SCOTT COUNTY, Ind. (WDRB) -- They showed up by the dozens. In fact, so many showed up to the Scott County Commissioners' meeting Wednesday night that some had to listen from an adjoining hallway.
The topic of the night was one that produced passionate pleas and tearful anecdotes: whether or not the county should end its Syringe Service Program (SSP), more commonly referred to as a needle exchange program.
Created in 2015 in response to an unprecedented HIV outbreak, the SSP gives drug users clean needles to avoid infection and stop the spread of diseases. Over years, health experts said the program successfully reduced positive cases and helped some participants recover from their addictions.
"I'm speaking for those that can't be here. I'm speaking for the homeless person that's sleeping at Austin Park every night that has no one," said a woman with HIV, who credits the program for improving the trajectory of her life.
"It's not just about the needle exchange; it's also about people treating you like a human being, because that's what I needed," she continued.
Commissioner Mike Jones, however, worries the program could be enabling drug abuse to persist in Scott County as the HIV crisis dissipates.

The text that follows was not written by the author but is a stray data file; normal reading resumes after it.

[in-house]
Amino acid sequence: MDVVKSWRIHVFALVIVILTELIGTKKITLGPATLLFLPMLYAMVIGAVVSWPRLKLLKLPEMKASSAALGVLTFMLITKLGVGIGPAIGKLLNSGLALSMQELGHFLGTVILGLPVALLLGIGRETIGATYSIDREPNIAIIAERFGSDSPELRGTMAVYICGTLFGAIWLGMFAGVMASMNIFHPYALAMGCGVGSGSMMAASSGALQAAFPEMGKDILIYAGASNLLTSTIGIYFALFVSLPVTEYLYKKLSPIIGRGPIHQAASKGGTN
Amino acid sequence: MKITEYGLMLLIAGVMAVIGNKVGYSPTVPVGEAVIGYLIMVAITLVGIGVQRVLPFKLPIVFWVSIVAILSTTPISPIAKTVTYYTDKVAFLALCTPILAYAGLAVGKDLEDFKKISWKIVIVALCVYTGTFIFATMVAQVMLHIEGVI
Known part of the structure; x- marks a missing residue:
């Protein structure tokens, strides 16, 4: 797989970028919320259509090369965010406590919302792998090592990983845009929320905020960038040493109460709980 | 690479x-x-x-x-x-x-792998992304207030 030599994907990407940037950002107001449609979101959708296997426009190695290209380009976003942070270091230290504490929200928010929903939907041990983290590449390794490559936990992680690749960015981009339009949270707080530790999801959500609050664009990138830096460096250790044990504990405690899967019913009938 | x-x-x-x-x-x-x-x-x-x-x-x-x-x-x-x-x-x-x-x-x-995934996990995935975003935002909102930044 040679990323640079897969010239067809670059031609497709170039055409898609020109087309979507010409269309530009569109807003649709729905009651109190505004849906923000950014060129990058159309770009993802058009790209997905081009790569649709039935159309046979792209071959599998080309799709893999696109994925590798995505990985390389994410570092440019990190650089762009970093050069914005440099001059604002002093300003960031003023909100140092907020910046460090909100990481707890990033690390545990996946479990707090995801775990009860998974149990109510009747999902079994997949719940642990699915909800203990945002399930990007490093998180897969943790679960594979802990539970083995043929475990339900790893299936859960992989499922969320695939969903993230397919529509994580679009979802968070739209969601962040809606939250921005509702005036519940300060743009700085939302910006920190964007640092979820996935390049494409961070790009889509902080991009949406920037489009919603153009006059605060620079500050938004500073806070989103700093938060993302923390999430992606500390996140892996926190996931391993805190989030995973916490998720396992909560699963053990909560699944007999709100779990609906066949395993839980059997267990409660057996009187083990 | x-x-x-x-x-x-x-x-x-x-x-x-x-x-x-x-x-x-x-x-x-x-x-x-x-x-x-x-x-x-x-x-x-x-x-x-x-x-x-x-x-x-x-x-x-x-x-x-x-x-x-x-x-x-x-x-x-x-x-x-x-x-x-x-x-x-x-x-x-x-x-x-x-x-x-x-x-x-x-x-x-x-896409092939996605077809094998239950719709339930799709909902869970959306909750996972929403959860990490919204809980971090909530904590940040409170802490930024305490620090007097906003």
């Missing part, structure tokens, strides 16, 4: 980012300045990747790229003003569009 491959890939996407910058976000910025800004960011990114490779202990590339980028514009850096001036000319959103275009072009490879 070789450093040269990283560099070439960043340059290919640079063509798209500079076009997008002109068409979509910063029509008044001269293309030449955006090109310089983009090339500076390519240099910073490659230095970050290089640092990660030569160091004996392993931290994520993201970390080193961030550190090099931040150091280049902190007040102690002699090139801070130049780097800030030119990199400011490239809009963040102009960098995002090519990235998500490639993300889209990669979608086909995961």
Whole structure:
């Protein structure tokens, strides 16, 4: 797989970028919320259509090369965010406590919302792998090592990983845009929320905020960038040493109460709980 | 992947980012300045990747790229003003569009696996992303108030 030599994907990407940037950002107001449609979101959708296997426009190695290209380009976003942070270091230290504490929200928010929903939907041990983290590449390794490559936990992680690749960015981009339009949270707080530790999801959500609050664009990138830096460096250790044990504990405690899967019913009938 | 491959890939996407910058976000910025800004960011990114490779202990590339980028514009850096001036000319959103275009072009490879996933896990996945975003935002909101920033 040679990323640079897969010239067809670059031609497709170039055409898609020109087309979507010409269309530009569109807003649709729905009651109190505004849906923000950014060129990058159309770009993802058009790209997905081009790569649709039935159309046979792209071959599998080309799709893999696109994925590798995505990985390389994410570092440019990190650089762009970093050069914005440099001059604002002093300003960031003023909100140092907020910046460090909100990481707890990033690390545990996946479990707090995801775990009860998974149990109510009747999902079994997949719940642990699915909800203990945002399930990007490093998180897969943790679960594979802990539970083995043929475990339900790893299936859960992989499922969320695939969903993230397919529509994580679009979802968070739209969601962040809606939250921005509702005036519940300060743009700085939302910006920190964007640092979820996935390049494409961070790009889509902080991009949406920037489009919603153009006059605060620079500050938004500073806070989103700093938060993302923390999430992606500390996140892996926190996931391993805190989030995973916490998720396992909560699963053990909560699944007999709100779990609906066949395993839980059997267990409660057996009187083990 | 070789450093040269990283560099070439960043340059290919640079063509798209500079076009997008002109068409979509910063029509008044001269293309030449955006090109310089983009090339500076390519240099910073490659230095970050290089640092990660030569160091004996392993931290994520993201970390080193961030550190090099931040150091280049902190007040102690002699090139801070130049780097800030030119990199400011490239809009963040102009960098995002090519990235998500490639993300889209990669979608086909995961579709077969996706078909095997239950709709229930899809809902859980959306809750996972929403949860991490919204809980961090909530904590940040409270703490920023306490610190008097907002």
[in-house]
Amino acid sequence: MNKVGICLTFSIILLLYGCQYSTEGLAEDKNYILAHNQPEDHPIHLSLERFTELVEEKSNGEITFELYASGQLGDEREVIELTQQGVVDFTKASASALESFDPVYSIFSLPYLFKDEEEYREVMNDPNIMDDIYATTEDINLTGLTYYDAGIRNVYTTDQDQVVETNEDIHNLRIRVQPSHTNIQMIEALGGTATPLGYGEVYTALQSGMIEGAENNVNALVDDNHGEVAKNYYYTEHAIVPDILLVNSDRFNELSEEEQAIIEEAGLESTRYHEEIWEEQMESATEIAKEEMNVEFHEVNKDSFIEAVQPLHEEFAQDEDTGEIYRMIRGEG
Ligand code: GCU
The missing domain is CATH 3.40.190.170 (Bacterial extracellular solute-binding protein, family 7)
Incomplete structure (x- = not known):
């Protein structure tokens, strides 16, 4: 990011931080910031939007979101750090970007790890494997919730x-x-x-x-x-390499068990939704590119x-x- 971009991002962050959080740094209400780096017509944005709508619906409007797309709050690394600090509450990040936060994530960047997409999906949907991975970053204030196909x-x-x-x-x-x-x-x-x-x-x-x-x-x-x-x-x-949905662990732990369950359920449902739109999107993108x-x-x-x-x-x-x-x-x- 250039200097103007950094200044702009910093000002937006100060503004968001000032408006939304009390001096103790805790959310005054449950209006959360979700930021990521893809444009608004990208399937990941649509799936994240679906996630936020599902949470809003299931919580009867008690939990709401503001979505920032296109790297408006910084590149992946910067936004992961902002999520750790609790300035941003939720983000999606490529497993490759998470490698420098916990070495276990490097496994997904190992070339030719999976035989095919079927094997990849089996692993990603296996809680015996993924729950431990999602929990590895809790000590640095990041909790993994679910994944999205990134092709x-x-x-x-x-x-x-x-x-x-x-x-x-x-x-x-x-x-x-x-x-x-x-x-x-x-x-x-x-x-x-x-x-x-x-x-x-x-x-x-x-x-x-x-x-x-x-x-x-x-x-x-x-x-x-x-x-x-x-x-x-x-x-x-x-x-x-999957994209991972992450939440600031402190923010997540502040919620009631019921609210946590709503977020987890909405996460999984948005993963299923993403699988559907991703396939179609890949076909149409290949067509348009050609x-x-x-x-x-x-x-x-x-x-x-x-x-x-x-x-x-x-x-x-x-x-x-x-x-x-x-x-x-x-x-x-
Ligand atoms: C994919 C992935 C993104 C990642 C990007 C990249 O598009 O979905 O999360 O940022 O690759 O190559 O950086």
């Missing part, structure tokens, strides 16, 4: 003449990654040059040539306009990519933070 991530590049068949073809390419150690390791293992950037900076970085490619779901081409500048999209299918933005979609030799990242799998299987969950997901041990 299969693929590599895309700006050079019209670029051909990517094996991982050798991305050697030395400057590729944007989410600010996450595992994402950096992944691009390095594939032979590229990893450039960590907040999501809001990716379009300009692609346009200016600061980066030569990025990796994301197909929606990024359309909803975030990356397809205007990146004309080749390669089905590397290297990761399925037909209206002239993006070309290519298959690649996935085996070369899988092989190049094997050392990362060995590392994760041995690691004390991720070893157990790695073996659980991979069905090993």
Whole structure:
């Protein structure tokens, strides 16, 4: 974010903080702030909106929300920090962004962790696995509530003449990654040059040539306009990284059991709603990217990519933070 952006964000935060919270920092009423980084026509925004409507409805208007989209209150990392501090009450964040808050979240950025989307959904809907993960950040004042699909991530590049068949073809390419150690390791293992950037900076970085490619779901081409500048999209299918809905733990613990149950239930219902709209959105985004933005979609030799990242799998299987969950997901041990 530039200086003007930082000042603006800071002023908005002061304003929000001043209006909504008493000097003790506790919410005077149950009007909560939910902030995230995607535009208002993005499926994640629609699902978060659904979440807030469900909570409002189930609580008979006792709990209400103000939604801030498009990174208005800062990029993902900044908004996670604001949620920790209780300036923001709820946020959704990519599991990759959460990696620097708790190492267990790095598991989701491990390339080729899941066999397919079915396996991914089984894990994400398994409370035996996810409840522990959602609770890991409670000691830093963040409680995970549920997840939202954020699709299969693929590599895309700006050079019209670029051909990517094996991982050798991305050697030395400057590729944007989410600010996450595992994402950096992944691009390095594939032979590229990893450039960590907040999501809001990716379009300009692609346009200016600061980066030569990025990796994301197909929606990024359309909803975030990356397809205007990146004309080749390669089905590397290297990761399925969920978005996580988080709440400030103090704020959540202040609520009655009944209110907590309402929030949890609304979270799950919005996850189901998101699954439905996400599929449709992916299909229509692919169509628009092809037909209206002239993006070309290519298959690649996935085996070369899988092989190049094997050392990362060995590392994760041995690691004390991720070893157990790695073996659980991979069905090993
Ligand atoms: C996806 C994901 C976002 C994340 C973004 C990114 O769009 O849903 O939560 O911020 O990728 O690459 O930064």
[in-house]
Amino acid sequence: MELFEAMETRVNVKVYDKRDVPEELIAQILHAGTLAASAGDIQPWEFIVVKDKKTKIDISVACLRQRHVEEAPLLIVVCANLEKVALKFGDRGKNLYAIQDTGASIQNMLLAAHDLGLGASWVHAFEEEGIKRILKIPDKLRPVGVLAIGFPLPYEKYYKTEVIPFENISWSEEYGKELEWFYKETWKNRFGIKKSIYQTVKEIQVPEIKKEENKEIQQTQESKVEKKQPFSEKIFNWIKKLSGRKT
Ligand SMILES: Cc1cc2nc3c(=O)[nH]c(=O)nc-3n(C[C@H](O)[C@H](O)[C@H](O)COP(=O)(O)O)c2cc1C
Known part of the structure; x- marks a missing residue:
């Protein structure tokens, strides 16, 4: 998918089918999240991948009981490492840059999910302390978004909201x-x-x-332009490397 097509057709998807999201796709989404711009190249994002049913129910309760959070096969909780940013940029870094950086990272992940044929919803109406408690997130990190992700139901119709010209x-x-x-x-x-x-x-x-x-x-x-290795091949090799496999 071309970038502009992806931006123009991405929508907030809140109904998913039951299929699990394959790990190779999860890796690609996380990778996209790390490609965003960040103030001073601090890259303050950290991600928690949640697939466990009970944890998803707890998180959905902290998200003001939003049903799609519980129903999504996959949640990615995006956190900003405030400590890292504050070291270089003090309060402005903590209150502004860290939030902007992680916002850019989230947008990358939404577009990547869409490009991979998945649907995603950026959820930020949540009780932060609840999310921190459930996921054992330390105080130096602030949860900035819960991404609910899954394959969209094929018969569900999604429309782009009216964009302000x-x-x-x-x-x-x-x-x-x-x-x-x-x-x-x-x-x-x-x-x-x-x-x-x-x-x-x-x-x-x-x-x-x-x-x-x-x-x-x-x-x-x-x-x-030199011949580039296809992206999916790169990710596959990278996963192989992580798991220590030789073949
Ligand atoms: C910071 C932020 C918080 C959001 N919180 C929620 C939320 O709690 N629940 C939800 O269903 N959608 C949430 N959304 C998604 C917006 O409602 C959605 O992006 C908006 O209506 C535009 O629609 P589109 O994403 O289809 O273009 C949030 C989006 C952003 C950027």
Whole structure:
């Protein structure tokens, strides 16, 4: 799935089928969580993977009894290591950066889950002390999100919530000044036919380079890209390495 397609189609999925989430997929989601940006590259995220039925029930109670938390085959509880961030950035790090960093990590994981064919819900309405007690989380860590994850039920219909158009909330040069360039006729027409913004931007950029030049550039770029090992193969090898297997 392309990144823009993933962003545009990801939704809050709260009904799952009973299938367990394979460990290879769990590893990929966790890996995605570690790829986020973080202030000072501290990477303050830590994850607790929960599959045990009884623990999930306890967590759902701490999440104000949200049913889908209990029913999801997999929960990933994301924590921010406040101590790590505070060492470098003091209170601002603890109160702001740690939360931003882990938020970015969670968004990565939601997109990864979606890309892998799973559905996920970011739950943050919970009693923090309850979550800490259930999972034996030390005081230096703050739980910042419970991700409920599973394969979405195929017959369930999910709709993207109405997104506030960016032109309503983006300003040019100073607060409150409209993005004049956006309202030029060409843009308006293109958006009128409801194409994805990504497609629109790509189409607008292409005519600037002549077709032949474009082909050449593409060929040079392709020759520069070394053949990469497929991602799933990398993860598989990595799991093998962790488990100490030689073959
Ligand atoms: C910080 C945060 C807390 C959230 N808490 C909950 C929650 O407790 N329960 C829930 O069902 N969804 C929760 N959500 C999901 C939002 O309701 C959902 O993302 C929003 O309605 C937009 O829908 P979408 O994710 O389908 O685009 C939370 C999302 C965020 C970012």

In an April 30 post to his Facebook page, Jones suggested to his followers that the time might be right to end the program. In comments, he suggested that counseling might be a better solution. During Wednesday's meeting, Jones didn't about-face from that opinion as he reflected on seeing the effects of overdoses firsthand as a first responder.
"I don't know where — how you get to somebody to say, 'Enough's enough,'" Jones said.
Plenty of others showed up with a different opinion. They argued that the program, which has become a national model, is still vital to Scott County. Among those in the crowd were Indiana State Health Commissioner Dr. Kristina Box; Dr. Jerome Adams, a former Indiana State Health Commissioner and U.S. Surgeon General under President Donald Trump; representatives from multiple health departments; and those who've used the program themselves.
Dr. Box said she fears what will happen in Scott County if the program is ended.
"We may not see it immediately, but there's no question in my mind we would see increasing rates of hepatitis C; we'd see increasing rates of HIV; we'd see individuals coming back to the emergency room," she said.
Box and others cited research that suggests a West Virginia community saw such a resurgence when it suspended a similar needle exchange program.
Ultimately, commissioners said they need more time before deciding whether or not to reauthorize the program. A vote could happen in two or more weeks.
- Scott County leaders to decide future of needle exchange program
- New CDC report says needle exchange in Scott County, Indiana, is working
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